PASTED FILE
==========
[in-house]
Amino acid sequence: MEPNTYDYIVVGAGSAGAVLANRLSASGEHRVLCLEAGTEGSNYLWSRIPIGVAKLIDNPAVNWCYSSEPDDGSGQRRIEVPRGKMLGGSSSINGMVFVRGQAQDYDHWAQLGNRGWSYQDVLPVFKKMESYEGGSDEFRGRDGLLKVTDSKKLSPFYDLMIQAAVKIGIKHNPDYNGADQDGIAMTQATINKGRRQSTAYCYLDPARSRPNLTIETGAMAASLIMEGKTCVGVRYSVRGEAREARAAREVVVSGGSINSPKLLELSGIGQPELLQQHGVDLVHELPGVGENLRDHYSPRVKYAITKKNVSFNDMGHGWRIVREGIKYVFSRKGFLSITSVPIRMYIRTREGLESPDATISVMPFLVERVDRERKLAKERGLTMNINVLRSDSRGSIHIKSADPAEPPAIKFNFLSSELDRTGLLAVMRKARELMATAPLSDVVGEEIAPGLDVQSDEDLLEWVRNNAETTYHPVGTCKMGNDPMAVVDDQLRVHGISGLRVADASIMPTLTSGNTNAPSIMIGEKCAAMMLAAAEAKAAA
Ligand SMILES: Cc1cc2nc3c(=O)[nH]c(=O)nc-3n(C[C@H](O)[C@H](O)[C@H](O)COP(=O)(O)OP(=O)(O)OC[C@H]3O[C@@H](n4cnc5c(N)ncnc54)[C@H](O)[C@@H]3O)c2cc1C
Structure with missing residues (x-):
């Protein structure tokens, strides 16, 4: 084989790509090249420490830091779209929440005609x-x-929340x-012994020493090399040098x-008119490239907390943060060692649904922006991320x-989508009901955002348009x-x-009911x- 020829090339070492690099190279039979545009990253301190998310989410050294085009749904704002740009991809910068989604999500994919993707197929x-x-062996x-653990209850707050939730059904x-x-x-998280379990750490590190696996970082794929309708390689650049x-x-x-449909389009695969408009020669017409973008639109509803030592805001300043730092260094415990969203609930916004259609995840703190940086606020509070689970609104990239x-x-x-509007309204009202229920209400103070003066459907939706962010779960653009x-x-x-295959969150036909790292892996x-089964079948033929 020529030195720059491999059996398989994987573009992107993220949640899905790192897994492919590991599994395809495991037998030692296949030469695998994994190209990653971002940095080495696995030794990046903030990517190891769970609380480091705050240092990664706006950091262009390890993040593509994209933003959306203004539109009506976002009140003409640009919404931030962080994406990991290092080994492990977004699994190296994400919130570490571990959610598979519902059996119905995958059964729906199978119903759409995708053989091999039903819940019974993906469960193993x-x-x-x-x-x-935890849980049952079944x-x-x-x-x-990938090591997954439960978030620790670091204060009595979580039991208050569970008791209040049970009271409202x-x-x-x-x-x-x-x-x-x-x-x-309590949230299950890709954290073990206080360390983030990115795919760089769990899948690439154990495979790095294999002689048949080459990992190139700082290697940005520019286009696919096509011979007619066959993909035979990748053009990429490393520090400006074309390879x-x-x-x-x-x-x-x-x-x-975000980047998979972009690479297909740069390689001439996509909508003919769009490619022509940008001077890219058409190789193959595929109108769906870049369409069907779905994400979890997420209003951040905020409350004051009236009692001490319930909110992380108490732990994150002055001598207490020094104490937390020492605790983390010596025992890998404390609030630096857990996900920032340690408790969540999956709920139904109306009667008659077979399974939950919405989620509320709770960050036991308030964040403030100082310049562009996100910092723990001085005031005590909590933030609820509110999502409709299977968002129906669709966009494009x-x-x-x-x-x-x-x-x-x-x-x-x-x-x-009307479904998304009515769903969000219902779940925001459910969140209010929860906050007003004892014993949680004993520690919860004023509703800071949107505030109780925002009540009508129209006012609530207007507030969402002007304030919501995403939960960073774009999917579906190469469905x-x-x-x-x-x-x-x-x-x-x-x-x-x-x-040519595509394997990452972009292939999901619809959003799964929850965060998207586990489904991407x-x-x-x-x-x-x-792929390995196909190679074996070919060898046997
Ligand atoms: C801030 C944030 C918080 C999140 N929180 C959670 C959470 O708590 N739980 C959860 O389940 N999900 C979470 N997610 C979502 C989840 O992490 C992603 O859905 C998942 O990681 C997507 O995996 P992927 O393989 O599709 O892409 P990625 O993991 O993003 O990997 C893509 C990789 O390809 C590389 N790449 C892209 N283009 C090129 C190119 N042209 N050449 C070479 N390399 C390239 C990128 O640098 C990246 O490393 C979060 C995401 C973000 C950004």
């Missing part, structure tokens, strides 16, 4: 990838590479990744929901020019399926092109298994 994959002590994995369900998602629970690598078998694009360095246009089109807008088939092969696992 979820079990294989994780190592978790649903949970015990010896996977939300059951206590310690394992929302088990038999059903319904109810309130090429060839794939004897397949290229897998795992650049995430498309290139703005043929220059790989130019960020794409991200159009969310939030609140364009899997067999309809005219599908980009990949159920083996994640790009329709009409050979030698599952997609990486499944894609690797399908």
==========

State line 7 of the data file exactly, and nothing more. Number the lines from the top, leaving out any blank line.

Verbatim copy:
């Missing part, structure tokens, strides 16, 4: 990838590479990744929901020019399926092109298994 994959002590994995369900998602629970690598078998694009360095246009089109807008088939092969696992 979820079990294989994780190592978790649903949970015990010896996977939300059951206590310690394992929302088990038999059903319904109810309130090429060839794939004897397949290229897998795992650049995430498309290139703005043929220059790989130019960020794409991200159009969310939030609140364009899997067999309809005219599908980009990949159920083996994640790009329709009409050979030698599952997609990486499944894609690797399908």